And I can’t tell you how many people I’ve told that story to and had them process it as: drinking heavily is totally good for me. But here’s the thing: your blood vessels are not made of glass. Alcohol is a bit poisonous, so it is processed out of your body by your liver and various enzymes. And if you give your liver too much to deal with, it won’t deal with it all. Then you have toxic crap wreaking havoc on the rest of your body.

It’s a rather long Mother Jones article, but my takeaway was that 2 servings of alcohol per day raise a woman’s risk of breast cancer higher than having the BRCA gene. You know, the one that had Angelina Jolie have her ovaries and her breasts removed? That one. Men, you had a statistic in there, too, but I don’t have it on the top of my head, because I didn’t store it into RAM.

Now, to get pedantic about it, there will always be at least trace amounts of alcohol in your body. There’s going to be some fermentation (that’s okay, everybody farts) somewhere in your guts, which will result in alcohol. Unless you have a rare condition, your body will detoxify it so that you won’t actually notice, but you’ll never get down to zero, just like you’ll never avoid chemicals, because if you’ve taken even a high school science class, you know that every bit of matter in the universe is made of chemicals. (Yes, even YOUR water, sales guy at Whole Foods. Especially your water.) HOWEVUH, if you can’t go a week without having a drink, maybe that is something you should examine.




It’s finally fall!

So, you’ve heard of yin and yang, but the other major system of balance is the five elements. The Guanzi, a text attributed to the philosopher Guan Zhong who lived during the 7th century B.C.E., observes that “the human being completes physical form after five lunar months and is born after ten.” Chinese theory is big on cycles of 5.

Lots of Chinese theory comes from the 5 elements, wood, fire, earth, metal, and water. Wood burns to make fire, whose ashes become earth, from where metals are formed, which enriches water, which nourishes trees (wood). Wood is cut by metal, fire is extinguished by water, earth is penetrated by wood (tree roots), metal is melted by fire, water is channeled and contained by earth. Yes, I know the periodic table and modern anatomy and physiology exist, but these simple interactions can explain a great deal of imbalance in the natural world and its microcosm in the human body.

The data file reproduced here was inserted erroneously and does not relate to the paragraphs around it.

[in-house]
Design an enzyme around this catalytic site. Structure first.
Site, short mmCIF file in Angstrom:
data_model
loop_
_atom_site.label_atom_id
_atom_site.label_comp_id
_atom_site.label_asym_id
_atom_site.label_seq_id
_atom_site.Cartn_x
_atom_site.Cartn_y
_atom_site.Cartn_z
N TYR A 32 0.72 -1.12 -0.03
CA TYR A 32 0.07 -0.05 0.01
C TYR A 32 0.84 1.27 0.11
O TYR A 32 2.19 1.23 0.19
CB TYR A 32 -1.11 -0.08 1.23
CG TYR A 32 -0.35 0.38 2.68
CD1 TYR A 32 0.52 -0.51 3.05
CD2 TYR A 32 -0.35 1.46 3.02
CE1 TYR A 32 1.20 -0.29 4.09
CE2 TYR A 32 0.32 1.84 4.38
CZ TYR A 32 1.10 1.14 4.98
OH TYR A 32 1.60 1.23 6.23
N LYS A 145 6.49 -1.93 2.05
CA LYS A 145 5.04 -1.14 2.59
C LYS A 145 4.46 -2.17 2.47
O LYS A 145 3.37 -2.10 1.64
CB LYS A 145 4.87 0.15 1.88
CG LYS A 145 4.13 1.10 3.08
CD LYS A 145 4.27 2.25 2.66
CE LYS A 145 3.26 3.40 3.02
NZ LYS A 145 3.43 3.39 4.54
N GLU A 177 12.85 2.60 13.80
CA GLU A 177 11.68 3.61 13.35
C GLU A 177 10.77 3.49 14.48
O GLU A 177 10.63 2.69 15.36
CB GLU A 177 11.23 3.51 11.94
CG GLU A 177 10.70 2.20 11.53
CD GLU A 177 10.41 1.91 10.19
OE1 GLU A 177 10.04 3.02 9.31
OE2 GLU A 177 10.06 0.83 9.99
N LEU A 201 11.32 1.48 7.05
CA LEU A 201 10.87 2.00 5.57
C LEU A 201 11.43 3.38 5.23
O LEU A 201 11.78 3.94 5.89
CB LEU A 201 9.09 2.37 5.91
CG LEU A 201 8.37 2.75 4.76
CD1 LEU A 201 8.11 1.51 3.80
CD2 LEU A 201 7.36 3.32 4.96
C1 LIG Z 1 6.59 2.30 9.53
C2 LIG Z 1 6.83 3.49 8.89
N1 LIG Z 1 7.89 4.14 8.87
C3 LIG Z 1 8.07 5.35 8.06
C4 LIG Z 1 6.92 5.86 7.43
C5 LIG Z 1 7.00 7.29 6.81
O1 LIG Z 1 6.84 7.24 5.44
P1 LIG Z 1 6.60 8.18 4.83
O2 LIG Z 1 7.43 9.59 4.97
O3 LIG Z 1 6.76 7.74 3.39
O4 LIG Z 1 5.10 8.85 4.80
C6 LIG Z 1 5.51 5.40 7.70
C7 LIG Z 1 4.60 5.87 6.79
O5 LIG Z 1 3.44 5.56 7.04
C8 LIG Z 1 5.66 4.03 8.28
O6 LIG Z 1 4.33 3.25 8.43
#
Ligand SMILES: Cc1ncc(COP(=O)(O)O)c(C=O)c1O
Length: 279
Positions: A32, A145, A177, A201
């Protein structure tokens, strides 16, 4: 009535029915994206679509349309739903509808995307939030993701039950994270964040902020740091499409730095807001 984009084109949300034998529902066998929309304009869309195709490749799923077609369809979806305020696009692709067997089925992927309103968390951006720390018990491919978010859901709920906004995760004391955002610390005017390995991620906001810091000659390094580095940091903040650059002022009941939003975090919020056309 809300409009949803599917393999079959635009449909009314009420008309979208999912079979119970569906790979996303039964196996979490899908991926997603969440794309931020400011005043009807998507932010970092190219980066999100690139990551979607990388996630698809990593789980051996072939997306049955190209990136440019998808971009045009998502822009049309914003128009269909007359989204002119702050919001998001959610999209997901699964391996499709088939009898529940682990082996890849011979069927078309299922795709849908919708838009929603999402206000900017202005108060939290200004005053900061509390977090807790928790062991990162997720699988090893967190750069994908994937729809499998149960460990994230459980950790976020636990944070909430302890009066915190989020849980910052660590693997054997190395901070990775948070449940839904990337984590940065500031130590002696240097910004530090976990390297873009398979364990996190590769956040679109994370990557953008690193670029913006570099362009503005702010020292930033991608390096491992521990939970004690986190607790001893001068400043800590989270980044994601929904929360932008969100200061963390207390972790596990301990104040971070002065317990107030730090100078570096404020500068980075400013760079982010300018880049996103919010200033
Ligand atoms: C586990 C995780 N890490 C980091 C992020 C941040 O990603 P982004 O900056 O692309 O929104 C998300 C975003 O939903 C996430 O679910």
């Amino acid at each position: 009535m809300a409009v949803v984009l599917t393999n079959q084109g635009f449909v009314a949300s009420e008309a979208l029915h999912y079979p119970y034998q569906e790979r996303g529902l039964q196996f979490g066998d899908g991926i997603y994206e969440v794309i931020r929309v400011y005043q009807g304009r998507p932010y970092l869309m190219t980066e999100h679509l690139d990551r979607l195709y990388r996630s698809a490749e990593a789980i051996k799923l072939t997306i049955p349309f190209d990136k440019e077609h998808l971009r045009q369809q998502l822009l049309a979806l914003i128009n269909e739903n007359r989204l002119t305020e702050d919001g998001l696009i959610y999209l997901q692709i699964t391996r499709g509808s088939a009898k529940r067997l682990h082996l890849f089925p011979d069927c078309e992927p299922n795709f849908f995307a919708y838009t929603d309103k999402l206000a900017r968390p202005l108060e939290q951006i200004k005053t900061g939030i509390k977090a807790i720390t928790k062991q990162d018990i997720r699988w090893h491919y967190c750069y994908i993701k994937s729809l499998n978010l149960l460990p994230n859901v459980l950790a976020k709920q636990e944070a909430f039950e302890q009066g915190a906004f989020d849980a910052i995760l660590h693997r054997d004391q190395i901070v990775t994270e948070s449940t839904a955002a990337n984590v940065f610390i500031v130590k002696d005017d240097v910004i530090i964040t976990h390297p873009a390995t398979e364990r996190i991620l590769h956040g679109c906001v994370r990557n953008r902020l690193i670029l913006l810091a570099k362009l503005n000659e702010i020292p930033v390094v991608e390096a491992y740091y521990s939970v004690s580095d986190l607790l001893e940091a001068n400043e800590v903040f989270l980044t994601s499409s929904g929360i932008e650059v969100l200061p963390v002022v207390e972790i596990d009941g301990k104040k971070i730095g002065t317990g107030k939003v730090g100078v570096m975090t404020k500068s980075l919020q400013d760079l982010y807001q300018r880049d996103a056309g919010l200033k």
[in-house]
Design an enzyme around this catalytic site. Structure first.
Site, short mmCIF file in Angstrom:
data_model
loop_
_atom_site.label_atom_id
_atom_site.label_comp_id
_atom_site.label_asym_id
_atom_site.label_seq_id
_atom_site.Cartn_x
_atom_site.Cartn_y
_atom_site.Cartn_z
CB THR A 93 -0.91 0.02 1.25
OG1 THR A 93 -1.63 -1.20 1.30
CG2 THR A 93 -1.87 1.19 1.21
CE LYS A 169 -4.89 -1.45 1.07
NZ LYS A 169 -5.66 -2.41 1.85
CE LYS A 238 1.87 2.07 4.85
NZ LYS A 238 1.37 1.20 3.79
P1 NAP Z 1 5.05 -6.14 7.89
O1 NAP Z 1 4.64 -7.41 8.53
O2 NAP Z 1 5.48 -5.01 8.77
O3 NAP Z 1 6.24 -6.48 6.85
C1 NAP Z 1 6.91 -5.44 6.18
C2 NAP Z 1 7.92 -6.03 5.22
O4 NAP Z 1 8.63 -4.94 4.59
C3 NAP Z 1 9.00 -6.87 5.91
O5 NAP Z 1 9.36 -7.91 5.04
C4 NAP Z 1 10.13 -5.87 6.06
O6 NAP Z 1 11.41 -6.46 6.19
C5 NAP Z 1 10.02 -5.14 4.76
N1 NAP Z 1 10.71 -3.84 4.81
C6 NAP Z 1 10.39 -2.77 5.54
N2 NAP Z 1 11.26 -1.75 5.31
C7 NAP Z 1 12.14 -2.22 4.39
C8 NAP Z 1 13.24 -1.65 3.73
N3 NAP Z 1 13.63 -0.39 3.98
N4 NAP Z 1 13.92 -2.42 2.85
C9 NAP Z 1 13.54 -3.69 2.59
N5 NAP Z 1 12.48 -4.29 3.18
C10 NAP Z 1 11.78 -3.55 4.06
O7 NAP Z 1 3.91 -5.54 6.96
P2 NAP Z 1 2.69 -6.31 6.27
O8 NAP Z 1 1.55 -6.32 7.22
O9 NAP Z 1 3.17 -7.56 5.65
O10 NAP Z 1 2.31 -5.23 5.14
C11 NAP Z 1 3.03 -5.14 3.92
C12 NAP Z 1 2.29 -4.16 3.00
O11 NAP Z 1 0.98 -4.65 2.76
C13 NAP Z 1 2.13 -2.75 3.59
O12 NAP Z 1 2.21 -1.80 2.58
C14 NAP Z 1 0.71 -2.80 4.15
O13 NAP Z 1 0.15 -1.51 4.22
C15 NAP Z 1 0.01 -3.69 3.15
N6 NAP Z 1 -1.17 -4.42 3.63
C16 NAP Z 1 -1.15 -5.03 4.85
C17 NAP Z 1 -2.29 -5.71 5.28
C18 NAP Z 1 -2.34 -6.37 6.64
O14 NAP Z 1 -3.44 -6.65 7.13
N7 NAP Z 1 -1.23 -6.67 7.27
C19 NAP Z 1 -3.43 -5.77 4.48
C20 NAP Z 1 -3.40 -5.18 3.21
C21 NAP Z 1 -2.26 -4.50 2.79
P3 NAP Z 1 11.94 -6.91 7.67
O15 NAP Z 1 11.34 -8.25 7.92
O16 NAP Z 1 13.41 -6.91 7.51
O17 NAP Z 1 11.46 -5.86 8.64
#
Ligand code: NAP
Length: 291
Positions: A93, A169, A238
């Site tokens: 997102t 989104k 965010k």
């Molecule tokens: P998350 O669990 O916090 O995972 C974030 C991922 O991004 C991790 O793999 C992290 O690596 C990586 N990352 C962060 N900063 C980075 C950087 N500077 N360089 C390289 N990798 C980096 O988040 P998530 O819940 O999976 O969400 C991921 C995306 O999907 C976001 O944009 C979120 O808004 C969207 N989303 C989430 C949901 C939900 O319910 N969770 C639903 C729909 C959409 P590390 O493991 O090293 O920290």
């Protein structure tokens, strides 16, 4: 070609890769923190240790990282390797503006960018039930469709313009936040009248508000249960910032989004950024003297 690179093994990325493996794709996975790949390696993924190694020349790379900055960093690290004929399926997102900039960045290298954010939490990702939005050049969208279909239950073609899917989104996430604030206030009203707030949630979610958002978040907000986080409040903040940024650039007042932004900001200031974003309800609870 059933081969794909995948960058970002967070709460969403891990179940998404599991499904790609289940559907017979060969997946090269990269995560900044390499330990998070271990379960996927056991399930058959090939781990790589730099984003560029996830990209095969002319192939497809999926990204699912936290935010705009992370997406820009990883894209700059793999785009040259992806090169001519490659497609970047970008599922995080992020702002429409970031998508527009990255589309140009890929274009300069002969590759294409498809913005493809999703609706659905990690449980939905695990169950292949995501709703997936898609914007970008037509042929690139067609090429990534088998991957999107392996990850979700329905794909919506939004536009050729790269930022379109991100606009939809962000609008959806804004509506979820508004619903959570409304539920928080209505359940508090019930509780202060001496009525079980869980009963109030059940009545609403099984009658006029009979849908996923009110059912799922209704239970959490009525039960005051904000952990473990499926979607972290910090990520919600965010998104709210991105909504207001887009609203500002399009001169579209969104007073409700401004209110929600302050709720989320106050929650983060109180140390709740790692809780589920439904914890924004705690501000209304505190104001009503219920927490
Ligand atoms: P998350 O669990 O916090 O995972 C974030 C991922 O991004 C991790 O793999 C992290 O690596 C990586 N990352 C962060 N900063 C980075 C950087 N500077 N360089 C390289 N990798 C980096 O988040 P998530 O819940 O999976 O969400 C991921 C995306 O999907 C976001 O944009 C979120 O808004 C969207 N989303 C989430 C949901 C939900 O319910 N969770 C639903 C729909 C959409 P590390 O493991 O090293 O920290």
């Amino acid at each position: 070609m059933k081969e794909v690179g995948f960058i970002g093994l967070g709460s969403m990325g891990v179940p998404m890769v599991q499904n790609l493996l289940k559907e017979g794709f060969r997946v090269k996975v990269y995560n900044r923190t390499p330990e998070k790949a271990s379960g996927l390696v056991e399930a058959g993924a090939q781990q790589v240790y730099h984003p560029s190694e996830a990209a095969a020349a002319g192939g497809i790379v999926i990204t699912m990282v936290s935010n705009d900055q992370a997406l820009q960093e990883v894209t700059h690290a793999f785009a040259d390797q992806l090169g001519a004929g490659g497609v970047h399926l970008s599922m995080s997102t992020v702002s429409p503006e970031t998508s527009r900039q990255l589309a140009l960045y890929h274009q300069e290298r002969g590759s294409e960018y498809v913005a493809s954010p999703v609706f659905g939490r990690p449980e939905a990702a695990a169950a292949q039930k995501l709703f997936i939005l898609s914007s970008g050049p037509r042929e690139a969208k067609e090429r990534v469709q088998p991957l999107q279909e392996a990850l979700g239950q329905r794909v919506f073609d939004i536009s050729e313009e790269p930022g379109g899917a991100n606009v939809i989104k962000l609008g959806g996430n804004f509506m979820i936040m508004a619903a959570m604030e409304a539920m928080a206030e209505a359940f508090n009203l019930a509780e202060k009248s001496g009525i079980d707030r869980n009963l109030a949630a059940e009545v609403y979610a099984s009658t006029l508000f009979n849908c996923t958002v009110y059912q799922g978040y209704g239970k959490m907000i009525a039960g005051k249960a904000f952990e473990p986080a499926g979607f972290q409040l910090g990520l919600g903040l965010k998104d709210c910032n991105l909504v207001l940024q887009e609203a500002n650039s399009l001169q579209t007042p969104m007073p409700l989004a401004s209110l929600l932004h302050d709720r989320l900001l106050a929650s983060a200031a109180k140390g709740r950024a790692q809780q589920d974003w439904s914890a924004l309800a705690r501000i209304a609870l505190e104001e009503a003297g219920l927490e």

Any basic acupuncture or Chinese medicine book will likely have a table of correspondences. Each season also has associated organ and meridian systems, sense, tissue, emotion, body fluid, color, pathogenic influence, and taste (which also speaks to dietary recommendations). Autumn is metal, associated with the lung and large intestine, nose, skin, grief, mucus, white, dryness, and pungency.

The lung is the tender organ, and a lot of traditional fall tips involve building the immune system and staying covered. It’s all about avoiding that autumn cold, so do keep a light scarf or jacket around for when you go from the 90 degrees outside to 60 degrees inside. Even if you don’t believe in cold actually leading to catching one, why deal with the shock to your system? Pungency means spices, so have that PSL, but maybe skim, maybe soy, easy on the sugar. I have seen a lot written about fall cleaning instead of spring cleaning, organizing, downsizing, and letting things go. The paired organ to Lung is Large Intestine, so I will let you make your own poop joke.

You might catch this parasite, but not from me.

Rat lungworm transmitted by traditional Chinese remedies! Is the impression I get from some of the headlines. The New York Times has a story in Global Health with a close up of a caterpillar. If you actually read the story, it closes with

 

some traditionalists boil them in teas or pickle them in wine to use as home remedies.

“In my opinion, it would be rude to tell the customer, ‘Don’t eat them raw,’” [Dr. Lingli Lu, neurologist] said. “It would say the customer is stupid.”

 

And it’s true, one of the items in the pharmacopoeia is a venomous caterpillar. I don’t really remember it in my studies, since that was over a decade ago, and it wasn’t common. But I do remember that the ingredients of our nasty brews (except delicate aromatic herbs like mint) were boiled for at least 20 minutes.

The NYT story features a 2012 incident in Guangzhou. From unregulated folk medicine, with someone who didn’t think to prepare it properly. But rat lungworm has infected Americans in the United States. One of the google blurbs said it was “endemic in the southeastern US,” though the CDC doesn’t mention it. There have been cases in Hawaii, though. So where might rat lungworm live if not in rats and centipedes? Slugs and snails, and those babies are super tiny! Honolulu Family published notes on avoiding the wee beasties. In short, don’t drink out of the hose, wash wash wash, look at your produce carefully, freeze or cook your veggies. Chinese dietary theory says eating too many raw veggies is bad for you anyway.